In conjunction with the Marshall County Historical Society's quarterly meeting on Nov. 7, the quilt square was unveiled at the Hardison Office Annex, 230 College St. It is two squares, hung on either side of the main door into the Annex. The pattern is called "Grandmother's Fan." The artist was Linda Gupton. The squares were ceremoniously unveiled in the museum, and then carried to their places by the doors, where hooks had been placed to hang them. Carol Perryman and Frances Murdock of the Senior Citizens Center carried one, and Lynda Potts and Don Jeter of the Historical Society carried the other.
"The talent that abounds in our county is phenomenal," said Emily Gordon, who spoke about the making of the quilt square and also about the quilts on special display in the lobby.
The Marshall County FCE (Family and Community Education club) provided refreshments and the lobby filled with people admiring the quilts. They saw contemporary quilts like Ruby Higdon's prizewinner at this year's State Fair, and Ida Marion O'Neal's "Unity" quilt made for the Greater First Baptist Church in 2002. The oldest quilt on display was over 200 years old.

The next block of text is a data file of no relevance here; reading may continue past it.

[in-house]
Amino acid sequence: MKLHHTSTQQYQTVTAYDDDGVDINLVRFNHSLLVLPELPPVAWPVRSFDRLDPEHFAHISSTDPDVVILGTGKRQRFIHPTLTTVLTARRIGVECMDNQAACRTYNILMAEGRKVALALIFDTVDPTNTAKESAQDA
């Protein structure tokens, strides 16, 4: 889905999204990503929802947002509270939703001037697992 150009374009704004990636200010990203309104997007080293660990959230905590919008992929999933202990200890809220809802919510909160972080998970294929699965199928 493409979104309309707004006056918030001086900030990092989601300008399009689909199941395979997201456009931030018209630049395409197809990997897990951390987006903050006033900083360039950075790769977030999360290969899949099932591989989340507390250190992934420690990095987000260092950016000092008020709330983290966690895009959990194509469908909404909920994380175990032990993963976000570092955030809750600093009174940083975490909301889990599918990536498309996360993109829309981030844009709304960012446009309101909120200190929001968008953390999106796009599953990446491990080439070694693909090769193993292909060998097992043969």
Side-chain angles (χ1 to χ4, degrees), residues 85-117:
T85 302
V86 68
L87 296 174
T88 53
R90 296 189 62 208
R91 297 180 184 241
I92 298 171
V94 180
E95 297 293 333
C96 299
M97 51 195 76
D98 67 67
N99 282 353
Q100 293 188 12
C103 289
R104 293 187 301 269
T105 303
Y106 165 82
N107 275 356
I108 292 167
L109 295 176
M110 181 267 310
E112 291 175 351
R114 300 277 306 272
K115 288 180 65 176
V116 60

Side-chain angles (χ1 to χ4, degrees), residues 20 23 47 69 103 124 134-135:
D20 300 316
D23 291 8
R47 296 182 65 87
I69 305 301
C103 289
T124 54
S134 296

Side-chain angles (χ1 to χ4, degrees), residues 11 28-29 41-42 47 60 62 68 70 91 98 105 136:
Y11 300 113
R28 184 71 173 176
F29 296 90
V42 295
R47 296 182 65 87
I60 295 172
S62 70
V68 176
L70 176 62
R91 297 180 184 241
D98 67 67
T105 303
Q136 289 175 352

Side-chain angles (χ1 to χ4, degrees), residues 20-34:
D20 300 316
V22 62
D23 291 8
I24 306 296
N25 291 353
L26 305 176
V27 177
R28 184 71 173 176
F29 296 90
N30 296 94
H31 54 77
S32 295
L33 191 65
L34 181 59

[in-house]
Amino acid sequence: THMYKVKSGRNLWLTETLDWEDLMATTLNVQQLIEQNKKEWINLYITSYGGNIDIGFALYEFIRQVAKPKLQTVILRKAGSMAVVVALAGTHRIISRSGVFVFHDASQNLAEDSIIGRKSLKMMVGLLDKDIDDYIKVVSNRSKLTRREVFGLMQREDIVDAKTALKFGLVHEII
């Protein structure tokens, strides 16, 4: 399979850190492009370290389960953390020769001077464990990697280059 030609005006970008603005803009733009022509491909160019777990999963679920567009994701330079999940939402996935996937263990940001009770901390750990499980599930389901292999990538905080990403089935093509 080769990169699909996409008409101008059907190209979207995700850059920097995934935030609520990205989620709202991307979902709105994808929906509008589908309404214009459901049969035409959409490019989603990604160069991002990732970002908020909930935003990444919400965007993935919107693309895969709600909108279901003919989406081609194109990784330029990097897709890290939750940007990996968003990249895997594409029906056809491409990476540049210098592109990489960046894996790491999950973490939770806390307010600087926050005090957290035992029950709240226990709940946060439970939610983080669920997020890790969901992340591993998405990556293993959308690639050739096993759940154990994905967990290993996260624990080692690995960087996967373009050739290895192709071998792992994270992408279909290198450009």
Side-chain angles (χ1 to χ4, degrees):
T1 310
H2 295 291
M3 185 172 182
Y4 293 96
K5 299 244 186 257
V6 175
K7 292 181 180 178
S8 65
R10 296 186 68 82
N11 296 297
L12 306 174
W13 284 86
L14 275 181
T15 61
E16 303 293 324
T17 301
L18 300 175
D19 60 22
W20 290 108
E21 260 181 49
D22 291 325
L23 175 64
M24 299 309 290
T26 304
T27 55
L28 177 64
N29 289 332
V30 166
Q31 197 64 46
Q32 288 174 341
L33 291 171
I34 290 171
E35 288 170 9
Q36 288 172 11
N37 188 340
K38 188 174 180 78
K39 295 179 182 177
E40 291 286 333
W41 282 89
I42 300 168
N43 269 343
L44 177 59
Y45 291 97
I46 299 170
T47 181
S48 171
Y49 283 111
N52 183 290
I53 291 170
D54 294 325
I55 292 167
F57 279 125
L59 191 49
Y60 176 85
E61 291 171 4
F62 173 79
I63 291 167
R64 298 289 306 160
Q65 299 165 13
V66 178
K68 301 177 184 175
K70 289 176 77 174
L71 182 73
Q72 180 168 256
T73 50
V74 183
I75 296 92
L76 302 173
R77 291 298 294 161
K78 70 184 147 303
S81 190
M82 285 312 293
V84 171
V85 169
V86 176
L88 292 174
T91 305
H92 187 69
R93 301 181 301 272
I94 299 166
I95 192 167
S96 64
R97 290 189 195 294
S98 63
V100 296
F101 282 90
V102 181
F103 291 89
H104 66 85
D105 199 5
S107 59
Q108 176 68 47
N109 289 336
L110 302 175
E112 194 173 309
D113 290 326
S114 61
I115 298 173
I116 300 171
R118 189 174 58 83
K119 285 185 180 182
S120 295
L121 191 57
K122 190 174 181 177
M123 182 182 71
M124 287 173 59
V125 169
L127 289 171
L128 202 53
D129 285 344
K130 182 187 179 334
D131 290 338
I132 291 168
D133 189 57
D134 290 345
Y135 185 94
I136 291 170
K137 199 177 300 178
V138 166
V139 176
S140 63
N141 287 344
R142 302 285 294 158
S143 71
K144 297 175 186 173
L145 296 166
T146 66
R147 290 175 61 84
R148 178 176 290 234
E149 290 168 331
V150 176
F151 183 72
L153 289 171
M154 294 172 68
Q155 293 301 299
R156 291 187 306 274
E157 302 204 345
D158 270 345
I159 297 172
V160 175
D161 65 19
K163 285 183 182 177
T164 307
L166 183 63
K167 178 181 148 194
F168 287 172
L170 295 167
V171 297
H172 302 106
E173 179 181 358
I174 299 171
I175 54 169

Before the quilt portion of the program, the Historical Society heard a presentation about Leslie Reynolds Woodward (1892-1961). Woodward was born in Marshall County, and established the Woodward-Green Motor Company in Lewisburg in 1925. A born salesman, Woodward went on to own several dealerships, including one for Allis Chalmers farm equipment. After 25 years in the business, Woodward had sold 15,375 automobiles, which was reported to be more than anyone else in Middle Tennessee.
Local artist Melanie Gordon, Woodward's granddaughter, reminisced about Christmas with "Big Daddy" and Ann Ford told the story of her mother's first car. Woodward took a down payment of a Jersey calf worth $35 from Ford's mother, Sara Sawyer, who signed a note to pay off the balance at $10 per month. The sticker price of the Model A Ford was $150. Sawyer needed the car to commute to her job in Fayetteville, but she didn't know how to drive, so Woodward sent one of his porters home with her for the weekend to give her lessons.
"When he died with leukemia in 1961, he was mourned by a grateful town who felt his generosity in giving to the underprivileged, in contributing to the First Presbyterian Church where he was a member, in supporting the retail merchants' association, and in providing jobs for more than 20 people," wrote Potts in her appreciation of Woodward for the Marshall County Historical Quarterly.